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Michael Warren Creates Show His Children Can Watch

July 12, 1988

LOS ANGELES (AP) _ Michael Warren says he came up with the idea for a show called ″Home Free″ because his children were too young to watch him in the gritty police drama, ″Hill Street Blues.″

″I was on ‘Hill Street’ for seven years,″ he said, playing Officer Bobby Hill, ″and my children never really got a chance to see it. Maybe it’s my ego, but I wanted to do something they could see and enjoy.

″I remember one day my son’s class had career day. They asked him what I did and he said actor. But he didn’t know what I did. My daughter’s 11, and my son’s 9, and ‘Hill Street’ came on too late and was too real.″

In ″Home Free,″ which NBC will air Wednesday, Warren plays a construction company executive who becomes the foster father of four boys. A Navy buddy, played by Trinidad Silva, takes over the cooking and looks after the boys, a group of street kids, black and white.

While he was filming the one-hour pilot, Warren brought the dailies home for his daughter, Kao, and son, Cash, to watch.

″I knew I was on to something when my daughter learned all the lines and wanted pictures of the boys,″ he said. ″My son, with typical sibling rivalry, was looking for some way to get even with her and put tacks in the pictures.″

Warren teams up again with MTM Enterprises which produced ″Hill Street.″ David Milch, a producer and writer on ″Hill Street,″ is executive producer of ″Home Free″ and co-wrote the script with John Romano, based on a concept by Warren. Mark Tinker directed.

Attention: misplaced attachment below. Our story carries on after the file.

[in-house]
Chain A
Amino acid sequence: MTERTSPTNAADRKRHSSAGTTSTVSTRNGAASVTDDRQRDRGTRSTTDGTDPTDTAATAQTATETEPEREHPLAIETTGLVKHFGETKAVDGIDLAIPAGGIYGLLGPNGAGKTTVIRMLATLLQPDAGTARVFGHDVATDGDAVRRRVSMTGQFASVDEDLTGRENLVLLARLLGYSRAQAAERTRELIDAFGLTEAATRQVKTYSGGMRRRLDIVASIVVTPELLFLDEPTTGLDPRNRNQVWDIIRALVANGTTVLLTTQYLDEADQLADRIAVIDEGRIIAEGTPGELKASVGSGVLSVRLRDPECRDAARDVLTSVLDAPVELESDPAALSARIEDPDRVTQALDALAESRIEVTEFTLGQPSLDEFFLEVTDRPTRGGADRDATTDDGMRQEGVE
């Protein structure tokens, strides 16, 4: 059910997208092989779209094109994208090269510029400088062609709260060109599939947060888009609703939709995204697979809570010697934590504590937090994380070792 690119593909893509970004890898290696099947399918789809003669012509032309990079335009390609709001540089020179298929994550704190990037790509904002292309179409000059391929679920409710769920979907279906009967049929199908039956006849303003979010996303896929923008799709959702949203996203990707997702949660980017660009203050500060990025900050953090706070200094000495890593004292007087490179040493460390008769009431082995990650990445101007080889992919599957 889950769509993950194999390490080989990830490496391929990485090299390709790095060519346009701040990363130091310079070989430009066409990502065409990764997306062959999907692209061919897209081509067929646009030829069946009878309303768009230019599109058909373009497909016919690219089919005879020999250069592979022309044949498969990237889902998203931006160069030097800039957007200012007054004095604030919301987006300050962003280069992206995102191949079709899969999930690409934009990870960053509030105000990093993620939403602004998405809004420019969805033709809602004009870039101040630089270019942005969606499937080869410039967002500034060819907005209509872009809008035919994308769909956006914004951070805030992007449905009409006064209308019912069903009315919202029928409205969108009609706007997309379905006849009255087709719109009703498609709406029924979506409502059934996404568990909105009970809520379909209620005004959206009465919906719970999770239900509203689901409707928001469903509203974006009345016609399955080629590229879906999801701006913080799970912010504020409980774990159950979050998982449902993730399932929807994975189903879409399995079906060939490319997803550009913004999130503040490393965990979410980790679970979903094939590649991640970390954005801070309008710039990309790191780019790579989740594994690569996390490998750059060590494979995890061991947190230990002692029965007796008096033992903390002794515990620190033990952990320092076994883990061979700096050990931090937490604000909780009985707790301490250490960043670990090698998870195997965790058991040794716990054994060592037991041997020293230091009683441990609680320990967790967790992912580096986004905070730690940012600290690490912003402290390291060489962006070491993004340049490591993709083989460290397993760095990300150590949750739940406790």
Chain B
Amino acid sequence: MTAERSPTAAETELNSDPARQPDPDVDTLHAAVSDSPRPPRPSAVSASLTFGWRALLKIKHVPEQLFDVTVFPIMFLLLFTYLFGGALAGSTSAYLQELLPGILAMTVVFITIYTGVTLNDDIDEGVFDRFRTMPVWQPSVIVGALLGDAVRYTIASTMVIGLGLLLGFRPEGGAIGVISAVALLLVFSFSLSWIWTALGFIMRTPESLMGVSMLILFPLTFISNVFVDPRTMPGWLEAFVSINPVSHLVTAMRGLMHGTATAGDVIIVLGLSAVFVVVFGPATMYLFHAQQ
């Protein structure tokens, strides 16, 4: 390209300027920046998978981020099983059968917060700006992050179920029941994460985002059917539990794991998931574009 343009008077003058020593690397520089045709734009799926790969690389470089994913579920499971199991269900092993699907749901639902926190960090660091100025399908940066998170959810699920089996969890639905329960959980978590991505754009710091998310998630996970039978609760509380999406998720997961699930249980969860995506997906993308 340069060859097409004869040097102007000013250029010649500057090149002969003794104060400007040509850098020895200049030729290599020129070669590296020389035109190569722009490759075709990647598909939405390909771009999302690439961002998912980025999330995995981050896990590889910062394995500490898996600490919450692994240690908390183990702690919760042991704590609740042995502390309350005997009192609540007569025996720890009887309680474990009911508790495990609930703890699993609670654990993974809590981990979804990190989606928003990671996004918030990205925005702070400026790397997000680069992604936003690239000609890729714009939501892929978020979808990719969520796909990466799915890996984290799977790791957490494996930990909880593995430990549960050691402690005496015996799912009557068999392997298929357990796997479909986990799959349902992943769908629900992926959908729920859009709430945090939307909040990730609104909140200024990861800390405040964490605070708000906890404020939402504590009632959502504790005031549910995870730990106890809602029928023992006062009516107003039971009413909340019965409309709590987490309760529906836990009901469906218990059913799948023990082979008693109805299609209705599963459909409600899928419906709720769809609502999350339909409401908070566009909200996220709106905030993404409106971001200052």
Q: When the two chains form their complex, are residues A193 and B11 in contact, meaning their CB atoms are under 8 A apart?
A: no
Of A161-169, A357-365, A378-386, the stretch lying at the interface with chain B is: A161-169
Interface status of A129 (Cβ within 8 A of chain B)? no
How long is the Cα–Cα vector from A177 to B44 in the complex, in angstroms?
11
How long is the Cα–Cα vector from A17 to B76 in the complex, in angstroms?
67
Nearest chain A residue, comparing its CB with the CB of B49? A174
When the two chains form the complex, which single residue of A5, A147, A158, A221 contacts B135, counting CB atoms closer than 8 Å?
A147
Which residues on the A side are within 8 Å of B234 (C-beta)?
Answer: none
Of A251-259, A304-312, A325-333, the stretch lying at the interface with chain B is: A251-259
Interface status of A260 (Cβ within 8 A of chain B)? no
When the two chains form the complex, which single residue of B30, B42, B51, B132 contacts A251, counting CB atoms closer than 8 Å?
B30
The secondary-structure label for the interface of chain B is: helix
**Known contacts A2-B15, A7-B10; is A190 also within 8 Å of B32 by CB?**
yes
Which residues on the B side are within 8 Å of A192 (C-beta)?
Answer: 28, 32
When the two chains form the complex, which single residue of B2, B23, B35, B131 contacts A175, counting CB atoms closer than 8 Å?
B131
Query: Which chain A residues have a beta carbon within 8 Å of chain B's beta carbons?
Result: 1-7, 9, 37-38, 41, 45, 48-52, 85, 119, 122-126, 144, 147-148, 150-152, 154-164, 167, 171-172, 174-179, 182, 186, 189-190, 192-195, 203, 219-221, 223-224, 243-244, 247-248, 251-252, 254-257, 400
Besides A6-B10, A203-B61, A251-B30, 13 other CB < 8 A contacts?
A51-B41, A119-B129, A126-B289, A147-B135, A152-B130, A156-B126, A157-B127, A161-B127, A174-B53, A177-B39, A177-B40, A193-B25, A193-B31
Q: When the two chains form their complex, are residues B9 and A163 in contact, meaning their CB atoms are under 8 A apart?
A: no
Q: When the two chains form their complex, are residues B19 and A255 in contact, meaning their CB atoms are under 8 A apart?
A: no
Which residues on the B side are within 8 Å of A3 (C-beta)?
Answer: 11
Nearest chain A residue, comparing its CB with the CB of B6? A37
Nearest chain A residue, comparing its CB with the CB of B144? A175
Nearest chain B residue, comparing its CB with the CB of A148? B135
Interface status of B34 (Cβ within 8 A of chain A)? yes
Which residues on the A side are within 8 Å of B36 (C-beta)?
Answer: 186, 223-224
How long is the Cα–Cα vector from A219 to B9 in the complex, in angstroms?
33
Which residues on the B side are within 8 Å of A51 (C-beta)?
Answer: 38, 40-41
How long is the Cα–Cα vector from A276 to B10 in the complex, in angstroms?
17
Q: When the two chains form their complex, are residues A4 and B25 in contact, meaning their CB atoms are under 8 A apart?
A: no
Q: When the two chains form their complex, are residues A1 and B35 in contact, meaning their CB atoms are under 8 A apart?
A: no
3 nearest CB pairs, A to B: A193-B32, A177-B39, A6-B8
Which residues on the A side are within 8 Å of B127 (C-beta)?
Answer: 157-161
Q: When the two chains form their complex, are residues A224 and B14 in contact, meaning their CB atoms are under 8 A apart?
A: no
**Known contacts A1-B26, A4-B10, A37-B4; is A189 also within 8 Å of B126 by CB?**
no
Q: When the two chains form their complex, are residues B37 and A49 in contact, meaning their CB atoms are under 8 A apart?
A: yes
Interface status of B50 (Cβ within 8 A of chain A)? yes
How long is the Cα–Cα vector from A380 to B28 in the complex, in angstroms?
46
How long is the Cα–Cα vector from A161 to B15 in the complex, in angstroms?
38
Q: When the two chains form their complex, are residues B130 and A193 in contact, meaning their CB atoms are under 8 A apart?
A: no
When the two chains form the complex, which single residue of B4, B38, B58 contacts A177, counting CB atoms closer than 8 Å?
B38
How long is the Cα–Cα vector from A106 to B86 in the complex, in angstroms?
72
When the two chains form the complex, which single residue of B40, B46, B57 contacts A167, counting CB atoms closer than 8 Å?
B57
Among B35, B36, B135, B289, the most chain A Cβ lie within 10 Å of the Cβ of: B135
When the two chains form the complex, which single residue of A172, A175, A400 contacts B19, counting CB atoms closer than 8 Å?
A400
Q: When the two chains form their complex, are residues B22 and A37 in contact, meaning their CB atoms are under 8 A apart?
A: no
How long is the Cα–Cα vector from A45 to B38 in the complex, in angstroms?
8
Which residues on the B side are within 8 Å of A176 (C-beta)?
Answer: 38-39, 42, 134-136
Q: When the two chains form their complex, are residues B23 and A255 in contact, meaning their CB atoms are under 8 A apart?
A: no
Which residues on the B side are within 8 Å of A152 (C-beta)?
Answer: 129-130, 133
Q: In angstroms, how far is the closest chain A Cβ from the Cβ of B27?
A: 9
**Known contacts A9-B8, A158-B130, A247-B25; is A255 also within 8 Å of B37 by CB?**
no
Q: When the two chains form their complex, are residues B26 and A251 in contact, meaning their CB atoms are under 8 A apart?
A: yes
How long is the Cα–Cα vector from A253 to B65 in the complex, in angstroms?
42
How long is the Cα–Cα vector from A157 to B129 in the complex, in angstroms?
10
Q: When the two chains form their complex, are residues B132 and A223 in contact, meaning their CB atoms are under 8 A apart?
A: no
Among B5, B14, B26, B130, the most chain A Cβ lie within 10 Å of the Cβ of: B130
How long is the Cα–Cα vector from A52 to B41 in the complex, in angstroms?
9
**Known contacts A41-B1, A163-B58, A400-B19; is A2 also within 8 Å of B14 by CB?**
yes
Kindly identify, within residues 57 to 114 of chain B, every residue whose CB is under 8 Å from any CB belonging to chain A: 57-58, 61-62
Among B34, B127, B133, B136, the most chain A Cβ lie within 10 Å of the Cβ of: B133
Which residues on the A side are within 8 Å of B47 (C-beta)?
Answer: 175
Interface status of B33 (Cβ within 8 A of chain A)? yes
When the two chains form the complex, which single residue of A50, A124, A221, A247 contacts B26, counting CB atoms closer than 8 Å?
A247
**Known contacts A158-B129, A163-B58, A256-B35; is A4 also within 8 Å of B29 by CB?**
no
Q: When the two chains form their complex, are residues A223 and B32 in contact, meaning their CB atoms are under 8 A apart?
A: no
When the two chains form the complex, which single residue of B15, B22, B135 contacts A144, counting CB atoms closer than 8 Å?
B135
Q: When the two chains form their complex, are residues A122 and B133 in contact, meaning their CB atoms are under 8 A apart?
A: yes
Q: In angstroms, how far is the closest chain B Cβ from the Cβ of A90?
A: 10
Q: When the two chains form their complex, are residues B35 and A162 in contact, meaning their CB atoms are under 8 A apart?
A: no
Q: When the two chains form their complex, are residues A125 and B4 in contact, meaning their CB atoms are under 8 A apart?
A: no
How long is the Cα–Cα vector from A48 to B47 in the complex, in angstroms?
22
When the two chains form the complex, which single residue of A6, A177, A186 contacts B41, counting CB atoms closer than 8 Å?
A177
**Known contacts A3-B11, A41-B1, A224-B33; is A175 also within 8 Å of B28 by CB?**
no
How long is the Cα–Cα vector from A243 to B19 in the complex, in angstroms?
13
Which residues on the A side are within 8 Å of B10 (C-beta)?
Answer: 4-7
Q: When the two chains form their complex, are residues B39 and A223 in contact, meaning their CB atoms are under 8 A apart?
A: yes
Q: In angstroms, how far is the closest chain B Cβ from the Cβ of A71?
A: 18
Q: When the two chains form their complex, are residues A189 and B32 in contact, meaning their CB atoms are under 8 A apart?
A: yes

The show was passed over as a series for the fall season, but if it gets a high rating it may be picked up as a midseason replacement. Warren says he is enthusiastic about the show’s chances.

″This is a rare opportunity for the public to choose a show they can watch,″ he said.

″The idea for the show is that every family goes through change. The kids I take in have been through a lot of change, all negative. In my household they experience the first stability, loving and caring they’ve had. One of the older boys has reached an age when he has to leave, and I have to make the younger kids understand it’s time for him to leave. We present the idea of change being for the better.″

Warren says he sent a videocassette of the pilot to John Wooden, the retired UCLA basketball coach. Warren had played for Wooden in his years there.

″John is the embodiment of what America’s all about,″ he said. ″He loved the show. He’s not a big fan of television. But he also understood the message of ‘Home Free,’ which is change and growth. He was family to me, so I want him to see things I’ve done and appreciate it. I know he saw ‘Hill Street Blues’ once or twice because I was on it, but it wasn’t his kind of program.″

Warren at first considered a career in pro basketball. ″I was drafted by the Seattle SuperSonics,″ he said. ″They sent me a contract in the mail. It was mimeographed with a place for me to write in my name. I felt like it could have been addressed to ‘occupant.’

″I felt I’d already proved myself as a basketball player. They wanted me to try out, and if I was accepted they’d pay me $10,000. I didn’t know what I’d do with all that money, so I declined.″

Warren began his acting career in commercials. He had several stage roles and was in the movie ″Butterflies Are Free.″ He was a guest star in a number of series before becoming a regular in the 1974 NBC series ″Sierra″ as Park Service Ranger P.J. Lewis, and in CBS 1979 show ″Paris″ as Officer Willie Miller.

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Elsewhere in television:

FIRST IMPRESSIONS - Comedian Brad Garrett, starring in his first television series, heads the cast for the CBS summer series ″First Impressions.″ It will make its debut Aug. 27. Garrett plays a creative partner in a company that makes radio commercials. The show also stars James Noble, Thom Sharp, Sarah Abrel, Ruth Kobart and Brandy Gold.

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